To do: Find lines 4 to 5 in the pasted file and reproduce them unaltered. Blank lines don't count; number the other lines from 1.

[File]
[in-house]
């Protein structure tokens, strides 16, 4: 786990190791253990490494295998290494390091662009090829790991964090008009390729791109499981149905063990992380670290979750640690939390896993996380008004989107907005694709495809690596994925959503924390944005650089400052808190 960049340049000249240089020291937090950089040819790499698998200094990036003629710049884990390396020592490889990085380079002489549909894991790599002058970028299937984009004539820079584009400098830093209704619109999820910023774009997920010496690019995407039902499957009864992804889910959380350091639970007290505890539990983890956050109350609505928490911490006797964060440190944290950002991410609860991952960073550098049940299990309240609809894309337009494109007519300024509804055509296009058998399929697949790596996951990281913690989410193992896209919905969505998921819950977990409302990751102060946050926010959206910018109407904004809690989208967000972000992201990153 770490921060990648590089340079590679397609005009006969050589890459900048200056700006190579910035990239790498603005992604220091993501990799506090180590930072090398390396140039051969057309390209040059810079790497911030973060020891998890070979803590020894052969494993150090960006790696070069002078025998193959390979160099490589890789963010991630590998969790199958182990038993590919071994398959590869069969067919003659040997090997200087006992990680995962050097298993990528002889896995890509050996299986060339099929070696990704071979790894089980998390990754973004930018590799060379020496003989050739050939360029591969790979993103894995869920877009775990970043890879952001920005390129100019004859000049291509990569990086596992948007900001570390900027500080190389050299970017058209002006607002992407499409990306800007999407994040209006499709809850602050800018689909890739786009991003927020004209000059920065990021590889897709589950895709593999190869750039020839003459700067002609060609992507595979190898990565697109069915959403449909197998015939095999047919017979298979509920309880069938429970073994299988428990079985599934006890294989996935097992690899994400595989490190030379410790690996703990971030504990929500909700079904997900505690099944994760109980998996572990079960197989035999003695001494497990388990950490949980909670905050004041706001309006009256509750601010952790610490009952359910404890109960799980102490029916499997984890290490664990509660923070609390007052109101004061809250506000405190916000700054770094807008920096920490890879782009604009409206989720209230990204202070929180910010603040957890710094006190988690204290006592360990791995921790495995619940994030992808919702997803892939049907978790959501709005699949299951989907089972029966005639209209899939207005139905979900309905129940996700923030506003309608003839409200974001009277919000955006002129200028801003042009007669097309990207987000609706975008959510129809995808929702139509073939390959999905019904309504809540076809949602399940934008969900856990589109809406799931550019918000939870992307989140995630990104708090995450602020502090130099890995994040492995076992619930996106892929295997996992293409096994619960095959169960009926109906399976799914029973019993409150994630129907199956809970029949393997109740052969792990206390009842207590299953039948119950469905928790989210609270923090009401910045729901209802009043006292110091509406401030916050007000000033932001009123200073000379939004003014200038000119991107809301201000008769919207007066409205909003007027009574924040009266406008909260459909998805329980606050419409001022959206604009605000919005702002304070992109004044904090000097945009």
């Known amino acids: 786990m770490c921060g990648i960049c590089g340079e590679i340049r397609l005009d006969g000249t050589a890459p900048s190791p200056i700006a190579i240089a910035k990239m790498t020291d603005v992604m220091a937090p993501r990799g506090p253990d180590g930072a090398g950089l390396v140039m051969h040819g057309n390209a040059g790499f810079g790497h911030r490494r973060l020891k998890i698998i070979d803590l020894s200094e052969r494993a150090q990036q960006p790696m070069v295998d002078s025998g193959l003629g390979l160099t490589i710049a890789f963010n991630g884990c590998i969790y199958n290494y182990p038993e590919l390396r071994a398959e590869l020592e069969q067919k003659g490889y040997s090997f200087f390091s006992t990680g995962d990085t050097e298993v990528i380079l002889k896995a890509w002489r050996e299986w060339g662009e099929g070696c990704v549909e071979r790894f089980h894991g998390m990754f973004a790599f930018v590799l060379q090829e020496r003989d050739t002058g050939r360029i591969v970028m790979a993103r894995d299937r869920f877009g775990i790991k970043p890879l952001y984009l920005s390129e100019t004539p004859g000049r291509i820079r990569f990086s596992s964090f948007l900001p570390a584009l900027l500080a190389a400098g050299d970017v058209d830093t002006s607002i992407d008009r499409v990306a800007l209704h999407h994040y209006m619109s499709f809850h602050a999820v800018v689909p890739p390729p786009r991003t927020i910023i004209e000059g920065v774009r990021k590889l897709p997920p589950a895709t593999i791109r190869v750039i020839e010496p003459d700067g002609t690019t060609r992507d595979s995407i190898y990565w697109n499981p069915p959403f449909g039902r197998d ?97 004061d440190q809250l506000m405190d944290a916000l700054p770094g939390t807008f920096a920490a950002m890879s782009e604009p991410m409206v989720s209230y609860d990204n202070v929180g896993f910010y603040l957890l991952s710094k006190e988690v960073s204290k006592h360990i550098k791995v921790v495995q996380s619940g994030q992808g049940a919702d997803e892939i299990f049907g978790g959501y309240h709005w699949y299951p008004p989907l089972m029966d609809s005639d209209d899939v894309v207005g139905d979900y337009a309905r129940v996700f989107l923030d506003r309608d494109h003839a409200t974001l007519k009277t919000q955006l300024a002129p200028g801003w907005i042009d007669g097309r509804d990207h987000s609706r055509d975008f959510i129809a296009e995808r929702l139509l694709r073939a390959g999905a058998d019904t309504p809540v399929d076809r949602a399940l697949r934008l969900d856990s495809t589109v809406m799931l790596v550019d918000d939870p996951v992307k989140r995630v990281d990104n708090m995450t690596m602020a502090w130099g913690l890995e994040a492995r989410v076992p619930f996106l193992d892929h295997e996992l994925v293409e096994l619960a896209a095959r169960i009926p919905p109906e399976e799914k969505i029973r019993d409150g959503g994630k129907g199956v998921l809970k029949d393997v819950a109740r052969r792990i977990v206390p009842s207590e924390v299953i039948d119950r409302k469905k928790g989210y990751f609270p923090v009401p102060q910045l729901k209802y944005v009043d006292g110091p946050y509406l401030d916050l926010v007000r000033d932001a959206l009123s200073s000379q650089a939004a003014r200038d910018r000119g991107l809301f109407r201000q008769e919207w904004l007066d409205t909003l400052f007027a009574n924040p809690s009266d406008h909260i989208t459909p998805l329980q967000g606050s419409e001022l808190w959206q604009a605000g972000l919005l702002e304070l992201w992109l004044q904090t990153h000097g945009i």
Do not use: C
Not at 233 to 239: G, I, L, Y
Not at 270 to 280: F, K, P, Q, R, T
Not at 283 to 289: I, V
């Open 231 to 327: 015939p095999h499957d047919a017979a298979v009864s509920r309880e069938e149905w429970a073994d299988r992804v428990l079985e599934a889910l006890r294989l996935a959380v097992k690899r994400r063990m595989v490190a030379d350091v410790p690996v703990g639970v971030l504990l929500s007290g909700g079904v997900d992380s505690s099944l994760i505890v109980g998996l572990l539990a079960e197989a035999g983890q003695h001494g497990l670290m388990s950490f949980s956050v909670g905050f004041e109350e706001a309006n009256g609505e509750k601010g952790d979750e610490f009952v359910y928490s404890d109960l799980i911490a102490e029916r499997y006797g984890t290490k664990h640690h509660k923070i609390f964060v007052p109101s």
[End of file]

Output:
Do not use: C
Not at 233 to 239: G, I, L, Y